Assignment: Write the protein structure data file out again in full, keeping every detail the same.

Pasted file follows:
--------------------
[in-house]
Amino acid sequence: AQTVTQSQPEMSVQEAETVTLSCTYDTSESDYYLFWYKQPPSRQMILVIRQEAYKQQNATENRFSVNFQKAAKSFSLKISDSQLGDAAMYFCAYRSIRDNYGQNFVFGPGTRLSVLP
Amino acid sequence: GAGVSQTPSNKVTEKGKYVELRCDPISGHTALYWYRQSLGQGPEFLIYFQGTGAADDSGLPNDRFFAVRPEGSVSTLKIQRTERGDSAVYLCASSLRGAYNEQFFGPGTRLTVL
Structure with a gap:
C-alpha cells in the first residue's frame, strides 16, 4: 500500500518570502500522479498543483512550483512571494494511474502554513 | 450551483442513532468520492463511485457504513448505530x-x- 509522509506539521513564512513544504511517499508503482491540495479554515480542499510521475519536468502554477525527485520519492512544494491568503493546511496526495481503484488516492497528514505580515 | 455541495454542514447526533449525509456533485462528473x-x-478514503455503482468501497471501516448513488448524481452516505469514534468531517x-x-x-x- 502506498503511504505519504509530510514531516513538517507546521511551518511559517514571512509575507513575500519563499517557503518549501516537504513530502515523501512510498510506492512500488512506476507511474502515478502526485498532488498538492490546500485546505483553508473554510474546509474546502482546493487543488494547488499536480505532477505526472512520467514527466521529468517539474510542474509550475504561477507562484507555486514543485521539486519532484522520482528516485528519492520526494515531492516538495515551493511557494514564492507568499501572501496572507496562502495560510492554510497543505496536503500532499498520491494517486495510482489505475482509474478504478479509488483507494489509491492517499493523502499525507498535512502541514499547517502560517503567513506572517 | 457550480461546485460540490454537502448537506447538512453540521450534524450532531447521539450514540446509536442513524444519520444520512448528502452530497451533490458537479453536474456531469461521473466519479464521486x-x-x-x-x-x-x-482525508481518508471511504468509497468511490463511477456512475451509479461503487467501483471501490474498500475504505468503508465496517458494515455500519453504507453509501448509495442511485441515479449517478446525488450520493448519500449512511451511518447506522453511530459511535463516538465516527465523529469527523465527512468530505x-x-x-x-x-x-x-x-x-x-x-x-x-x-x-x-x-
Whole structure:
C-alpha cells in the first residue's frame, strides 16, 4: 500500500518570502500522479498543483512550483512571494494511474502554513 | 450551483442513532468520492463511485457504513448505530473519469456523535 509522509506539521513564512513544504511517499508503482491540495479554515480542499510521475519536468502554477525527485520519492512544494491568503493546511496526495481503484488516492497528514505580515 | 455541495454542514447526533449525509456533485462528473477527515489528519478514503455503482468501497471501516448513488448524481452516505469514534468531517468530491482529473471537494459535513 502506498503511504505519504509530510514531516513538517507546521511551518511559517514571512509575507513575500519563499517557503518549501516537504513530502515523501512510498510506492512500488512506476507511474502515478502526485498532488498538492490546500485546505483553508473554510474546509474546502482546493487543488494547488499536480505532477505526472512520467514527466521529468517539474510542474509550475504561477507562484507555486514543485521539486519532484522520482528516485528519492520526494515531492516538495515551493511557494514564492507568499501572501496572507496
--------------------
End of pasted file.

[in-house]
Amino acid sequence: AQTVTQSQPEMSVQEAETVTLSCTYDTSESDYYLFWYKQPPSRQMILVIRQEAYKQQNATENRFSVNFQKAAKSFSLKISDSQLGDAAMYFCAYRSIRDNYGQNFVFGPGTRLSVLP
Amino acid sequence: GAGVSQTPSNKVTEKGKYVELRCDPISGHTALYWYRQSLGQGPEFLIYFQGTGAADDSGLPNDRFFAVRPEGSVSTLKIQRTERGDSAVYLCASSLRGAYNEQFFGPGTRLTVL
Structure with a gap:
C-alpha cells in the first residue's frame, strides 16, 4: 500500500518570502500522479498543483512550483512571494494511474502554513 | 450551483442513532468520492463511485457504513448505530x-x- 509522509506539521513564512513544504511517499508503482491540495479554515480542499510521475519536468502554477525527485520519492512544494491568503493546511496526495481503484488516492497528514505580515 | 455541495454542514447526533449525509456533485462528473x-x-478514503455503482468501497471501516448513488448524481452516505469514534468531517x-x-x-x- 502506498503511504505519504509530510514531516513538517507546521511551518511559517514571512509575507513575500519563499517557503518549501516537504513530502515523501512510498510506492512500488512506476507511474502515478502526485498532488498538492490546500485546505483553508473554510474546509474546502482546493487543488494547488499536480505532477505526472512520467514527466521529468517539474510542474509550475504561477507562484507555486514543485521539486519532484522520482528516485528519492520526494515531492516538495515551493511557494514564492507568499501572501496572507496562502495560510492554510497543505496536503500532499498520491494517486495510482489505475482509474478504478479509488483507494489509491492517499493523502499525507498535512502541514499547517502560517503567513506572517 | 457550480461546485460540490454537502448537506447538512453540521450534524450532531447521539450514540446509536442513524444519520444520512448528502452530497451533490458537479453536474456531469461521473466519479464521486x-x-x-x-x-x-x-482525508481518508471511504468509497468511490463511477456512475451509479461503487467501483471501490474498500475504505468503508465496517458494515455500519453504507453509501448509495442511485441515479449517478446525488450520493448519500449512511451511518447506522453511530459511535463516538465516527465523529469527523465527512468530505x-x-x-x-x-x-x-x-x-x-x-x-x-x-x-x-x-
Whole structure:
C-alpha cells in the first residue's frame, strides 16, 4: 500500500518570502500522479498543483512550483512571494494511474502554513 | 450551483442513532468520492463511485457504513448505530473519469456523535 509522509506539521513564512513544504511517499508503482491540495479554515480542499510521475519536468502554477525527485520519492512544494491568503493546511496526495481503484488516492497528514505580515 | 455541495454542514447526533449525509456533485462528473477527515489528519478514503455503482468501497471501516448513488448524481452516505469514534468531517468530491482529473471537494459535513 502506498503511504505519504509530510514531516513538517507546521511551518511559517514571512509575507513575500519563499517557503518549501516537504513530502515523501512510498510506492512500488512506476507511474502515478502526485498532488498538492490546500485546505483553508473554510474546509474546502482546493487543488494547488499536480505532477505526472512520467514527466521529468517539474510542474509550475504561477507562484507555486514543485521539486519532484522520482528516485528519492520526494515531492516538495515551493511557494514564492507568499501572501496572507496